Study concept and design: all authors; acquisition of data: YHH, JK, and SC; drafting of the manuscript: EK; critical revision of the manuscript: all authors; and study supervision: YJR.

Classification of pediatric obesity

Age Institute/Researcher Obesity/Class I Severe obesity/Class II Severe obesity/Class III
2–19 years CDC BMI ≥ 95th percentile BMI ≥ 99th percentile
AHA ≥ 120% of the 95th percentile
Skinner ≥ 120% to < 140% of the 95th percentile ≥ 140% of the 95th percentile

CDC, Centers for Disease Control and Prevention; BMI, body mass index; AHA, American Heart Association.

Evaluation of obesity-related comorbidities in children and adolescents with overweight, including obesity

Obesity-related comorbidities Test and interpretation
Diabetes mellitus and prediabetes Fasting plasma glucose, HbA1c, OGTT
Diabetes mellitus: fasting plasma glucose ≥126 mg/dL, HbA1c ≥6.5%, 2-hour plasma glucose of ≥200 mg/dL during an OGTT
Impaired fasting glucose: fasting plasma glucose ≥100 mg/mL, <126 mg/dL
Impaired glucose tolerance: 2-hour plasma glucose ≥140 mg/mL, <200 mg/L during an OGTT
Prediabetes according to HbA1c ≥5.7%, <6.5%
Hypertension BP (standardized according to sex, age, and height)
Hypertension: BP ≥95th percentile
Prehypertension: BP >90th percentile to < 95th percentile
Dyslipidemia Non-fasting non-HDL-cholesterol (total cholesterol–HDL-cholesterol)
Check fasting lipids when non-HLD-cholesterol ≥140 mg/mL
Non-alcoholic fatty liver disease ALT
Additional assessment when ALT above normal limits according to sex (ALT 26 U/L [boys] and 22 U/L [girls] in USA reference)

HbA1c, glycosylated hemoglobin; OGTT, oral glucose tolerance test; BP, blood pressure; HDL, high-density lipoprotein; ALT, alanine aminotransferase.

Weight target and treatment approach by age and body mass index category

Age BMI category Weight target to improve BMI Initial stage* Final stage*
2–5 years 5th–84th percentile or 85th–94th percentile without risk factors Maintain the rate of weight gain Counseling for obesity prevention Counseling for obesity prevention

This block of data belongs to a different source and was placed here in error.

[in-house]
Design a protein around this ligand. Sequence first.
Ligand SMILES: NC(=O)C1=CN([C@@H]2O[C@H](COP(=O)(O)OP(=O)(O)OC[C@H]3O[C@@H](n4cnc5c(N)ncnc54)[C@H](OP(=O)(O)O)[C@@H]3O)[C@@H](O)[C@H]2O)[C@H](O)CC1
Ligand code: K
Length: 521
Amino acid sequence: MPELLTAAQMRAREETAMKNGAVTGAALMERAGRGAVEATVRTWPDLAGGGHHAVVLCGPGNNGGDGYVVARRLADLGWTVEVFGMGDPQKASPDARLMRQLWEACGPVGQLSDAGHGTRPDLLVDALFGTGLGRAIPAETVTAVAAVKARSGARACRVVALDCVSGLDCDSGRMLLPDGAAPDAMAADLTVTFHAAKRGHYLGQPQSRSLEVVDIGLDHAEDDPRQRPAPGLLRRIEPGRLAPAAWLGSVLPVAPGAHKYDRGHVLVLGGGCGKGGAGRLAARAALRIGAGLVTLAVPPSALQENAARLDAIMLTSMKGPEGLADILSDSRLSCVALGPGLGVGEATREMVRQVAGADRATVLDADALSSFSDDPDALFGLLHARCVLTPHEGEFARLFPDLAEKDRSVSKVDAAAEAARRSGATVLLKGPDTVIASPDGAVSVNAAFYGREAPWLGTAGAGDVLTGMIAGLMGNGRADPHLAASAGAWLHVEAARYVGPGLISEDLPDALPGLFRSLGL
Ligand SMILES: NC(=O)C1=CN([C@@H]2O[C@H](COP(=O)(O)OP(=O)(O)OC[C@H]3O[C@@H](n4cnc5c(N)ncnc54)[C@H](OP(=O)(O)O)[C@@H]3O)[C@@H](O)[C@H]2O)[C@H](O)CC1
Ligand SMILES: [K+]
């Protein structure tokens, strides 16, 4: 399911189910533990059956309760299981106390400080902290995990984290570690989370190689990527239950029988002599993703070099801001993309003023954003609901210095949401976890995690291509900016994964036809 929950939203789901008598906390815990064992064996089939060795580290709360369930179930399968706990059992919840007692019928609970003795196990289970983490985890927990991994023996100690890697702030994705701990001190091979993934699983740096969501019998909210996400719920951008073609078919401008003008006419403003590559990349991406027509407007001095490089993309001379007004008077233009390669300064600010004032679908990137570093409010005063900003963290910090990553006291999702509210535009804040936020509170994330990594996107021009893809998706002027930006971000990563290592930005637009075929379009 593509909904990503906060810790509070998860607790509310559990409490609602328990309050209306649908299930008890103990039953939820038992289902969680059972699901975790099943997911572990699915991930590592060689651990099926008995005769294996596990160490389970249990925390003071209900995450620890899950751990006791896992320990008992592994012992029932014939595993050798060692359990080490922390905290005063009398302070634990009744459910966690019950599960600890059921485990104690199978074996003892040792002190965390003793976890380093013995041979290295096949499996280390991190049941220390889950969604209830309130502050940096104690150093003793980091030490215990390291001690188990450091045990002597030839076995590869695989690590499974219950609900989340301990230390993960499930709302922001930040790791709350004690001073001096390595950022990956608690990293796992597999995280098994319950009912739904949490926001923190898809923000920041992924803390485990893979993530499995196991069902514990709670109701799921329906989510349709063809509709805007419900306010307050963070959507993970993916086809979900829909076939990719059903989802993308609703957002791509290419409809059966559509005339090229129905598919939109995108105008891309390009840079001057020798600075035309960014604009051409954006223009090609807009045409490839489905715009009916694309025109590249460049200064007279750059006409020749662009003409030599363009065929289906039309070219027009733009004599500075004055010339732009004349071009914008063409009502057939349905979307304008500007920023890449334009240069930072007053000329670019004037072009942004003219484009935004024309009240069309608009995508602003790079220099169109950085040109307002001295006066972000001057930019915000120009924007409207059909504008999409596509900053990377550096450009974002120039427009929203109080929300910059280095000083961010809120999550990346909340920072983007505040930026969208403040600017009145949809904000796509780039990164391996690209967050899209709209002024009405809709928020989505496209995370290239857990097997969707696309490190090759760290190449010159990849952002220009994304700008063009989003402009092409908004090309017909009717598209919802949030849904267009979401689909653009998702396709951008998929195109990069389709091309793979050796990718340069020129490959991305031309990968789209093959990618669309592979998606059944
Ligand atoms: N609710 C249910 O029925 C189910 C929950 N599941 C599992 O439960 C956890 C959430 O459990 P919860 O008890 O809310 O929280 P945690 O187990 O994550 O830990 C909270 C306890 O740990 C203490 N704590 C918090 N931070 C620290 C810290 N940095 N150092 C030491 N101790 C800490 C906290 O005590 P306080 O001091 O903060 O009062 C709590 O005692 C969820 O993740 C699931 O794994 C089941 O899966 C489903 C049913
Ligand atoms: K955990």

85th–94th percentile with risk factors Maintain weight or slow weight gain Stage 1 Stage 2
> 95th percentile Maintain weight or slow weight loss (0.5 kg/mo) Stage 1 Stage 3
6–11 years 5th–84th percentile or 85th–94th percentile without risk factors Maintain the rate of weight gain Counseling for obesity prevention Counseling for obesity prevention
85th–94th percentile with risk factors Maintain weight or slow weight gain Stage 1 Stage 2
95th–99th percentile Slow weight loss Stage 1 Stage 3
> 99th percentile Weight loss (maximum 1 kg/wk) Stage 1, or if family motivated Stage 2 or 3 Stage 4 if appropriate
12–18 years 5th–84th percentile or 85th–94th percentile without risk factors Maintain weight or slow weight gain, or maintain weight if reached final adult height Counseling for obesity prevention Counseling for obesity prevention
85th–94th percentile with risk factors Maintain weight or slow weight loss Stage 1 Stage 2
95th–99th percentile Weight loss (maximum 1 kg/wk) Stage 1 Stage 4
> 99th percentile Weight loss (maximum 1 kg/wk) Stage 1, or if family motivated Stage 2 or 3 Stage 4

*Treatment stage: stage 1, preventive approach; stage 2, structured weight management; stage 3, comprehensive multidisciplinary intervention; and stage 4, tertiary care intervention–pharmacotherapy and bariatric surgery; Risk factors: obesity of parents, family history, and sedentary lifestyle.

BMI, body mass index.

Obesity pharmacotherapy in children and adolescents

Drug name Mechanism of action Indication Consideration
Orlistat Pancreatic and gastric lipase inhibitor Obesity ≥ 12 years of age Steatorrhea, bloating, flatulence, and vitamin/mineral deficiency
Phentermine Release catecholamine Obesity ≥ 16 years of age, short-term use Increased heart rate and blood pressure, dry mouth, insomnia, constipation, and irritability
Liraglutide GLP-1 agonist Obesity ≥ 12 years of age Nausea/vomiting, abdominal pain, risk of hypoglycemia, contraindicated with family history of medullary thyroid carcinoma, MEN type 2, and ESRD
Phentermine-topiramate Release catecholamines, activation of GABA and inhibition of glutamate Obesity ≥ 12 years of age (in USA, not approved in Korea) Mood change (discontinue when depression or suicidal ideation occurs), insomnia, growth retardation, increase heart rate, acute myopia, glaucoma, metabolic acidosis, and decrease renal function

GLP-1, glucagon-like peptide-1; MEN, multiple endocrine neoplasia; ESRD, end-stage renal disease; GABA, γ-aminobutyric acid.

International Obesity Task Force (IOTF) BMI cut-off for obesity by sex between the ages of 12 and 18

Age (yr) BMI equivalent to an adult BMI 30 kg/m2 according to IOTF
Boys Girls
12 26.02 26.67
12.5 26.43 27.24
13 26.84 27.76
13.5 27.25 28.20
14 27.63 28.57
14.5 27.98 28.87
15 28.30 29.11
15.5 28.60 29.29
16 28.88 29.43
16.5 29.14 29.56
17 29.41 29.69
17.5 29.70 29.84
18 30.00 30.00

BMI, body mass index.